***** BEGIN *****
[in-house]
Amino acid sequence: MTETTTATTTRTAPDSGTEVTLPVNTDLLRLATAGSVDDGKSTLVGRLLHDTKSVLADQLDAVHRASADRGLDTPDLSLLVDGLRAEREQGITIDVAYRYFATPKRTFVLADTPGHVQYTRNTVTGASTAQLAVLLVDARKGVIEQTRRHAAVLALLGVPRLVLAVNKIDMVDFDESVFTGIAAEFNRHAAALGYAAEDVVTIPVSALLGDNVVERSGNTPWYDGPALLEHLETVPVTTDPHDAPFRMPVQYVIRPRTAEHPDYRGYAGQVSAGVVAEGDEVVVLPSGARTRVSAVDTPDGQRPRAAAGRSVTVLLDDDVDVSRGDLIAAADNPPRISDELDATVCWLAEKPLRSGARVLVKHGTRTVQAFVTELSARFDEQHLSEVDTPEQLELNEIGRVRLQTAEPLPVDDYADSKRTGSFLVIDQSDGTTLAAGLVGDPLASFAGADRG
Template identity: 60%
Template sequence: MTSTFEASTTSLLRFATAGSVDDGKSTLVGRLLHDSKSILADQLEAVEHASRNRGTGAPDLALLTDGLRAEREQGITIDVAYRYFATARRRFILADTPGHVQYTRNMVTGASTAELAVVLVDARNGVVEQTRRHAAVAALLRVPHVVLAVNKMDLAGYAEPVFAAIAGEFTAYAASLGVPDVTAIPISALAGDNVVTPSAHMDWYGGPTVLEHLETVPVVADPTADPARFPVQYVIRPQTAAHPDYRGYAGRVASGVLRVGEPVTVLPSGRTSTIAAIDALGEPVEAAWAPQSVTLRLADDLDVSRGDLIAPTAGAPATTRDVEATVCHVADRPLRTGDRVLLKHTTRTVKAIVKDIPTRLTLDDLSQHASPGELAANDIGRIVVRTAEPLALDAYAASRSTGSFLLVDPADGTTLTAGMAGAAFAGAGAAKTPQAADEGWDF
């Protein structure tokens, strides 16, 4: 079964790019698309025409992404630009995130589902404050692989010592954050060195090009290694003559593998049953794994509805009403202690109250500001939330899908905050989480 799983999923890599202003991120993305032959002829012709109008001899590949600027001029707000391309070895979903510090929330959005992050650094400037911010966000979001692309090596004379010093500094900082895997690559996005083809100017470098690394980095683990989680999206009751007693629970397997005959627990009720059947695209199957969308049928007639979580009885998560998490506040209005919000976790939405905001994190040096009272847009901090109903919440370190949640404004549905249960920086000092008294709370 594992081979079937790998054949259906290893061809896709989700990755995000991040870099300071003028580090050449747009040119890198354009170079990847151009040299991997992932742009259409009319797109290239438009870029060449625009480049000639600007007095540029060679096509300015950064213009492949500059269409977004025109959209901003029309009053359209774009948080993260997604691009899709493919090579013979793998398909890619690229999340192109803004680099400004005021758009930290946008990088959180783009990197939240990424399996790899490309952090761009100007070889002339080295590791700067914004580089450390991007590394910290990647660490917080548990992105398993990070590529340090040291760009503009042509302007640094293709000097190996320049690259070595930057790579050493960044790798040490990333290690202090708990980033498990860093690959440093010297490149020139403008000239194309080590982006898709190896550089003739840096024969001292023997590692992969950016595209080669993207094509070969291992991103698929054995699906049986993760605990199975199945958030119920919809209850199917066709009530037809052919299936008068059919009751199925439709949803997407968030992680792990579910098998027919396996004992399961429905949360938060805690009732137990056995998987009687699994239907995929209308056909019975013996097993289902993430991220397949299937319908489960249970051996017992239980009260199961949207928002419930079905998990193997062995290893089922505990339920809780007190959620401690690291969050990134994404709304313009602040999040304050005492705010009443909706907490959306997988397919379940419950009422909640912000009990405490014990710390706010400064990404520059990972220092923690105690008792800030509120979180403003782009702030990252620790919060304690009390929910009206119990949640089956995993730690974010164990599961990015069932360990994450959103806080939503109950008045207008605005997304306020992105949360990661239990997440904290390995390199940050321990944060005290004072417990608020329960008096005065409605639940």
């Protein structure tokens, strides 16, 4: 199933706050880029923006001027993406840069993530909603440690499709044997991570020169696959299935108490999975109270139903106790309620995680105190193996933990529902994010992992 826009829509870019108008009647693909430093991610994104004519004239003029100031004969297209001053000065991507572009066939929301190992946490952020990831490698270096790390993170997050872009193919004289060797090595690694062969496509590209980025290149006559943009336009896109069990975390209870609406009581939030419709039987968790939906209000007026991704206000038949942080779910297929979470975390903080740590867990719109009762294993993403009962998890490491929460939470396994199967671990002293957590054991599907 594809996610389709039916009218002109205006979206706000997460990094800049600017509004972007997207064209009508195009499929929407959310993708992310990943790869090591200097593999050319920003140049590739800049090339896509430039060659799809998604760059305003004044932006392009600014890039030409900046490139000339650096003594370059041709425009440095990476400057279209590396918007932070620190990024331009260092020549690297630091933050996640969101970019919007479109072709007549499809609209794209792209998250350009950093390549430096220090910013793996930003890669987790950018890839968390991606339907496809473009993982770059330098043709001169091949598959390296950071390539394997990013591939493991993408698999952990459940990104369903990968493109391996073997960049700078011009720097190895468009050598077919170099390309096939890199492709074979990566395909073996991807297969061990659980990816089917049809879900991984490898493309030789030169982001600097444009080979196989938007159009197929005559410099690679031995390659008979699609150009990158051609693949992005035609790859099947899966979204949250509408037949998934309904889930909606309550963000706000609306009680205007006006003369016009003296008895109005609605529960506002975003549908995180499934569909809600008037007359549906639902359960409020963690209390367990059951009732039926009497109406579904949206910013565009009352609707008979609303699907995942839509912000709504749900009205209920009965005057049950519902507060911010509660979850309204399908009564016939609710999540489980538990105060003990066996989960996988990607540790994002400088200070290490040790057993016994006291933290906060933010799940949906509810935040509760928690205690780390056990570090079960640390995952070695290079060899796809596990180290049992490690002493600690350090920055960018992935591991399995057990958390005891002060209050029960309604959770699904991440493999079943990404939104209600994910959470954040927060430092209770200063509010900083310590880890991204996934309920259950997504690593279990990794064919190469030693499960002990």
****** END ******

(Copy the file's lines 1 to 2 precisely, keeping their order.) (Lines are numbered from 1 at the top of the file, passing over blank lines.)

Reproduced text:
[in-house]
Amino acid sequence: MTETTTATTTRTAPDSGTEVTLPVNTDLLRLATAGSVDDGKSTLVGRLLHDTKSVLADQLDAVHRASADRGLDTPDLSLLVDGLRAEREQGITIDVAYRYFATPKRTFVLADTPGHVQYTRNTVTGASTAQLAVLLVDARKGVIEQTRRHAAVLALLGVPRLVLAVNKIDMVDFDESVFTGIAAEFNRHAAALGYAAEDVVTIPVSALLGDNVVERSGNTPWYDGPALLEHLETVPVTTDPHDAPFRMPVQYVIRPRTAEHPDYRGYAGQVSAGVVAEGDEVVVLPSGARTRVSAVDTPDGQRPRAAAGRSVTVLLDDDVDVSRGDLIAAADNPPRISDELDATVCWLAEKPLRSGARVLVKHGTRTVQAFVTELSARFDEQHLSEVDTPEQLELNEIGRVRLQTAEPLPVDDYADSKRTGSFLVIDQSDGTTLAAGLVGDPLASFAGADRG